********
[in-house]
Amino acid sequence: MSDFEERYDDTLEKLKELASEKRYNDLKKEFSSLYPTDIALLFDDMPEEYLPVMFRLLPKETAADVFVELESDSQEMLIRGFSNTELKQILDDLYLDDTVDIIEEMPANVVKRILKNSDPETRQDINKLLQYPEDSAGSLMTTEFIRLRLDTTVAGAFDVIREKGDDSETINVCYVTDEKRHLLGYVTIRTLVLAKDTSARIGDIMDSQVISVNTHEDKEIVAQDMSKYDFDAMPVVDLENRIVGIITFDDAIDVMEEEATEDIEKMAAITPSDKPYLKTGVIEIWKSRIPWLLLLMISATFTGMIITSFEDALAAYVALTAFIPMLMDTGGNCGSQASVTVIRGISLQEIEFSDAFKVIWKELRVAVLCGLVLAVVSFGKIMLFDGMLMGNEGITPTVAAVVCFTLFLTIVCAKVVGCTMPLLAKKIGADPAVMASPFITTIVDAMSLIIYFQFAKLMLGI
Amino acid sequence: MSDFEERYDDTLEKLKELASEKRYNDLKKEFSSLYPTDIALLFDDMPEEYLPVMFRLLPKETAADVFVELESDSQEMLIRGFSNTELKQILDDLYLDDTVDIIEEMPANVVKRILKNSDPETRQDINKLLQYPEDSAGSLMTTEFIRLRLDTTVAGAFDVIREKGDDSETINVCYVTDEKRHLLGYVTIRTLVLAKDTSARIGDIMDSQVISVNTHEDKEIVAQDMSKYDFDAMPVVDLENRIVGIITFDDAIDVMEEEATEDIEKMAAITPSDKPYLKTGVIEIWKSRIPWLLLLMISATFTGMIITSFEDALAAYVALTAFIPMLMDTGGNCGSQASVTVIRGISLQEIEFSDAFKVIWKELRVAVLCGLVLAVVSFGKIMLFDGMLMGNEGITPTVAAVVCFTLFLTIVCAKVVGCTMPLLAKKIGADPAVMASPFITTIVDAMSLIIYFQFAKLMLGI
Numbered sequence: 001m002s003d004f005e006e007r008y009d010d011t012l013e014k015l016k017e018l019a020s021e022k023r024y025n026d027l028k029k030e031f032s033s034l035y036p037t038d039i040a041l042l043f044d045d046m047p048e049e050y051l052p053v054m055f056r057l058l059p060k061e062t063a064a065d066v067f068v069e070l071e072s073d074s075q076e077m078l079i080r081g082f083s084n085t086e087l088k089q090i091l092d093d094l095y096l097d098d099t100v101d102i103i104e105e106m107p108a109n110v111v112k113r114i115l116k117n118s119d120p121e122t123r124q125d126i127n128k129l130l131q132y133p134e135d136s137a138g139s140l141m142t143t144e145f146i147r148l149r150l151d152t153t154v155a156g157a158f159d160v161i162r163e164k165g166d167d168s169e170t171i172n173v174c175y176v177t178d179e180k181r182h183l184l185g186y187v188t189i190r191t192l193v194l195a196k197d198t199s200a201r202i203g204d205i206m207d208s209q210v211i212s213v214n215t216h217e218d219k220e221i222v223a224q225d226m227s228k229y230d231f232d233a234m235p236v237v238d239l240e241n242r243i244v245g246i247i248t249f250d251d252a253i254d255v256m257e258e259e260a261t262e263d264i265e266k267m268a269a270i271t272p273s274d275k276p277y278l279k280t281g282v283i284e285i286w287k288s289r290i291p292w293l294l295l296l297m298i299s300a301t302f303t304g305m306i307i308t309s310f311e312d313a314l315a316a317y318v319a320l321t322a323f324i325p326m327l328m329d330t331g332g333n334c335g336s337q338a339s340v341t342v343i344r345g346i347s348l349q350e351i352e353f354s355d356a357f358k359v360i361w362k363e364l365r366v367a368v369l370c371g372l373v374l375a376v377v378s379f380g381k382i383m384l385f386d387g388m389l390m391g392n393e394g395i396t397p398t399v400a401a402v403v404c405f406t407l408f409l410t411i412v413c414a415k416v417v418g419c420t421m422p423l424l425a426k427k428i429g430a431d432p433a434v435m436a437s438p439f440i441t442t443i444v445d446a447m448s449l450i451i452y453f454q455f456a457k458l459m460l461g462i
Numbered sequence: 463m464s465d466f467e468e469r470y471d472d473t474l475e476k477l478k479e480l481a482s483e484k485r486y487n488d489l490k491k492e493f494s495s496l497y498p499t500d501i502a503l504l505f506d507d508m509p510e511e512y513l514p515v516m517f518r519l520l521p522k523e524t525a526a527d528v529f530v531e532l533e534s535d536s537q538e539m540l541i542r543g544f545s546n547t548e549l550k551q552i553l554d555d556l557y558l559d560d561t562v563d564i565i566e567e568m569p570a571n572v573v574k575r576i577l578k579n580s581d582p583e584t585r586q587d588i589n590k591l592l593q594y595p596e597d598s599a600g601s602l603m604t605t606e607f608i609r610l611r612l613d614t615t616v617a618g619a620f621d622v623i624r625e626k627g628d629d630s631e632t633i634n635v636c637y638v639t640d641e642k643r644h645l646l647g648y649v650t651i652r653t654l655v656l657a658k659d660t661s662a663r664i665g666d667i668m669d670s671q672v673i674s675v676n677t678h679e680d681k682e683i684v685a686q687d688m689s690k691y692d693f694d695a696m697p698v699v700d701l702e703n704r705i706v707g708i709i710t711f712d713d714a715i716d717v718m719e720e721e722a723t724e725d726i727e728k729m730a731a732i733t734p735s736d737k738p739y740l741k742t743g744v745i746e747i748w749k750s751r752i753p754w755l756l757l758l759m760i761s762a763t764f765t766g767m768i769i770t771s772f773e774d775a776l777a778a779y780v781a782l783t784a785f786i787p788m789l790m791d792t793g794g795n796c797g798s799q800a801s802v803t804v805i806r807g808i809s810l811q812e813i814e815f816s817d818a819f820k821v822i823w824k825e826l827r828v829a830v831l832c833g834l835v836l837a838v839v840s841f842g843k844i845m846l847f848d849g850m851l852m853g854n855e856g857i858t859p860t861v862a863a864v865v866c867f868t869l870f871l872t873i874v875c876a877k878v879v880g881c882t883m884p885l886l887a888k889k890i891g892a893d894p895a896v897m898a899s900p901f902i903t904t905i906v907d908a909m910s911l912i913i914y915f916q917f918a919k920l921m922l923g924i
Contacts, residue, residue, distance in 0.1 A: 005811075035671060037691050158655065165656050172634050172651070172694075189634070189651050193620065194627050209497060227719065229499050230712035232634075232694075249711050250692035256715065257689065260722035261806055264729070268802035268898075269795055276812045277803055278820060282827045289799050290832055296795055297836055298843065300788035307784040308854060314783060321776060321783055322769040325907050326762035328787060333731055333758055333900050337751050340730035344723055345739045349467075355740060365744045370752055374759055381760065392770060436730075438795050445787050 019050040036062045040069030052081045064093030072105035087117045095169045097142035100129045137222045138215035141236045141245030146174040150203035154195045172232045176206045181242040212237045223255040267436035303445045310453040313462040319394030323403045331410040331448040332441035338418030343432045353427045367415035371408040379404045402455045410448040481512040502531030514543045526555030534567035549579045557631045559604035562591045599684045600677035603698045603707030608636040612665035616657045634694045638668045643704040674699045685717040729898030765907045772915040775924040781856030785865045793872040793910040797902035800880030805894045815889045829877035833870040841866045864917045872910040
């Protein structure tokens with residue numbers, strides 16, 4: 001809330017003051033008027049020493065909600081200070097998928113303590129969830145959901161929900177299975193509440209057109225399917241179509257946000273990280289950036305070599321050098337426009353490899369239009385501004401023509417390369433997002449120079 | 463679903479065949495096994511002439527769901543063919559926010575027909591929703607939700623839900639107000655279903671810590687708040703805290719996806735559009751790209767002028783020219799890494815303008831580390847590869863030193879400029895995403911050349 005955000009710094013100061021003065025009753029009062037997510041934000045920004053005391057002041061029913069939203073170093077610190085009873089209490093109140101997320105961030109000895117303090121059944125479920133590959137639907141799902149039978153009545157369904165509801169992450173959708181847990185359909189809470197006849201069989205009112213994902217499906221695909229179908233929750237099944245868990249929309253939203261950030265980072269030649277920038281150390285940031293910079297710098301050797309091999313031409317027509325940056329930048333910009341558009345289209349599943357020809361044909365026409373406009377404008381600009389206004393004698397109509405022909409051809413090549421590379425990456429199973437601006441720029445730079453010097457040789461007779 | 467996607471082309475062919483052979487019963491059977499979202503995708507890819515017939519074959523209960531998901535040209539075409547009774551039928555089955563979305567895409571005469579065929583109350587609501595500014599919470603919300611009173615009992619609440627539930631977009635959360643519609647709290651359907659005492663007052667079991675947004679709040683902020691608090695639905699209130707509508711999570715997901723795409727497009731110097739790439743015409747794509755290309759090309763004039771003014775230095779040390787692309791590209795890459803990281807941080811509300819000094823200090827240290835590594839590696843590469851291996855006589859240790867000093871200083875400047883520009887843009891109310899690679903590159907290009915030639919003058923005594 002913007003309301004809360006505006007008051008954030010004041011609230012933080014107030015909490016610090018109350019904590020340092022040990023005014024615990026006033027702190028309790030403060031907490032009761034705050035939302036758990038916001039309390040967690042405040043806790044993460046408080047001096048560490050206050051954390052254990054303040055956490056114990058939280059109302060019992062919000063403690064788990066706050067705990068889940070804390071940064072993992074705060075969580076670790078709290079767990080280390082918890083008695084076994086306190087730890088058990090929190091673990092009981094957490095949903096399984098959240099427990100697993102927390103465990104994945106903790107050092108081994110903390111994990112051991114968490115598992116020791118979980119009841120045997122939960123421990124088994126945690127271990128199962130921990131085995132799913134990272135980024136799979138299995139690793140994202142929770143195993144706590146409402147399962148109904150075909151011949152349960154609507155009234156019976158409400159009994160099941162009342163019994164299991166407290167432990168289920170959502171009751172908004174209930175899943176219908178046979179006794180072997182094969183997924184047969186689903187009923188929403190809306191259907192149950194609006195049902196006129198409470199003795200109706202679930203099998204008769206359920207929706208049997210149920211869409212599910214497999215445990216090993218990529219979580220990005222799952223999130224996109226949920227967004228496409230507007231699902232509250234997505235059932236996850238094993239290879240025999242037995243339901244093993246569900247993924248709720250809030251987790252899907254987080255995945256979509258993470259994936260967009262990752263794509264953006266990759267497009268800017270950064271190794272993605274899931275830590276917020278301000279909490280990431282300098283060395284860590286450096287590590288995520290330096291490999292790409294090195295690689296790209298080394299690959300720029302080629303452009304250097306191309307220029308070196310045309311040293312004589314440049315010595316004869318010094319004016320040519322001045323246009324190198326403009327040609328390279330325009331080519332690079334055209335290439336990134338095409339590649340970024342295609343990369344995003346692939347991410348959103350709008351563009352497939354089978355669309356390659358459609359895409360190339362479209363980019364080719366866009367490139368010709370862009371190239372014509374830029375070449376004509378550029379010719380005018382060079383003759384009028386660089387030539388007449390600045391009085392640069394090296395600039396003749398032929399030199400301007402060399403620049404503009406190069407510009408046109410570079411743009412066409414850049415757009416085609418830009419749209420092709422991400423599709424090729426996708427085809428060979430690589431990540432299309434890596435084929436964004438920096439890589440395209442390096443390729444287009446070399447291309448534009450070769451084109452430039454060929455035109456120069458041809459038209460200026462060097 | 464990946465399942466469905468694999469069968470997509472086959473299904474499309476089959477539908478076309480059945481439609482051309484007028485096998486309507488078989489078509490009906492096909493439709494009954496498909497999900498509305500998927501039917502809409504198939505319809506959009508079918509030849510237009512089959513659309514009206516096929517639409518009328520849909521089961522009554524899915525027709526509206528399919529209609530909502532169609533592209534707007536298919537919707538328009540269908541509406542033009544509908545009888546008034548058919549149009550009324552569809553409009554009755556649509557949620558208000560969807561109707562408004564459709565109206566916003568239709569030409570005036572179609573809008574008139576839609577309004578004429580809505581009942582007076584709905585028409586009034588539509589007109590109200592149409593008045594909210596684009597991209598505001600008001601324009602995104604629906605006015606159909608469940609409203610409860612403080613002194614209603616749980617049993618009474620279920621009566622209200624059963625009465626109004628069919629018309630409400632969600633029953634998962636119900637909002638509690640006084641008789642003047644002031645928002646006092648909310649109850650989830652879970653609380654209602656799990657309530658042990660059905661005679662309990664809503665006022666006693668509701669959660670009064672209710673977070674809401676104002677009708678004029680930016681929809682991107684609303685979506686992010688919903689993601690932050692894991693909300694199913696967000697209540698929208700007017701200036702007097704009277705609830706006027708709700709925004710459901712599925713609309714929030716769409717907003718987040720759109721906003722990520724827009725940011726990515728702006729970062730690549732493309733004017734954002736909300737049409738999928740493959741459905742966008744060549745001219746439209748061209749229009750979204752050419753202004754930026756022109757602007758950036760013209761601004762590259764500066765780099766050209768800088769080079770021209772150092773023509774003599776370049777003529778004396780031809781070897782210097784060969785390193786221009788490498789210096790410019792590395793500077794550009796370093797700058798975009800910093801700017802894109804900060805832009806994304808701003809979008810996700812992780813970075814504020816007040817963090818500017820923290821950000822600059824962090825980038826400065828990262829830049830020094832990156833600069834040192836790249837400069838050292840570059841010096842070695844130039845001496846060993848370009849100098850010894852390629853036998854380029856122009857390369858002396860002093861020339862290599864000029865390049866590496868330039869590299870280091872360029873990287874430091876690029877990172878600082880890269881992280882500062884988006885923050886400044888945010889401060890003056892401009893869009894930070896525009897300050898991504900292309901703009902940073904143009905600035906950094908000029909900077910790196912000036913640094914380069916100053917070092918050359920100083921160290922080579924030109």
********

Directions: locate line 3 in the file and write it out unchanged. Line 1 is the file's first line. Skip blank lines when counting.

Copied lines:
Amino acid sequence: MSDFEERYDDTLEKLKELASEKRYNDLKKEFSSLYPTDIALLFDDMPEEYLPVMFRLLPKETAADVFVELESDSQEMLIRGFSNTELKQILDDLYLDDTVDIIEEMPANVVKRILKNSDPETRQDINKLLQYPEDSAGSLMTTEFIRLRLDTTVAGAFDVIREKGDDSETINVCYVTDEKRHLLGYVTIRTLVLAKDTSARIGDIMDSQVISVNTHEDKEIVAQDMSKYDFDAMPVVDLENRIVGIITFDDAIDVMEEEATEDIEKMAAITPSDKPYLKTGVIEIWKSRIPWLLLLMISATFTGMIITSFEDALAAYVALTAFIPMLMDTGGNCGSQASVTVIRGISLQEIEFSDAFKVIWKELRVAVLCGLVLAVVSFGKIMLFDGMLMGNEGITPTVAAVVCFTLFLTIVCAKVVGCTMPLLAKKIGADPAVMASPFITTIVDAMSLIIYFQFAKLMLGI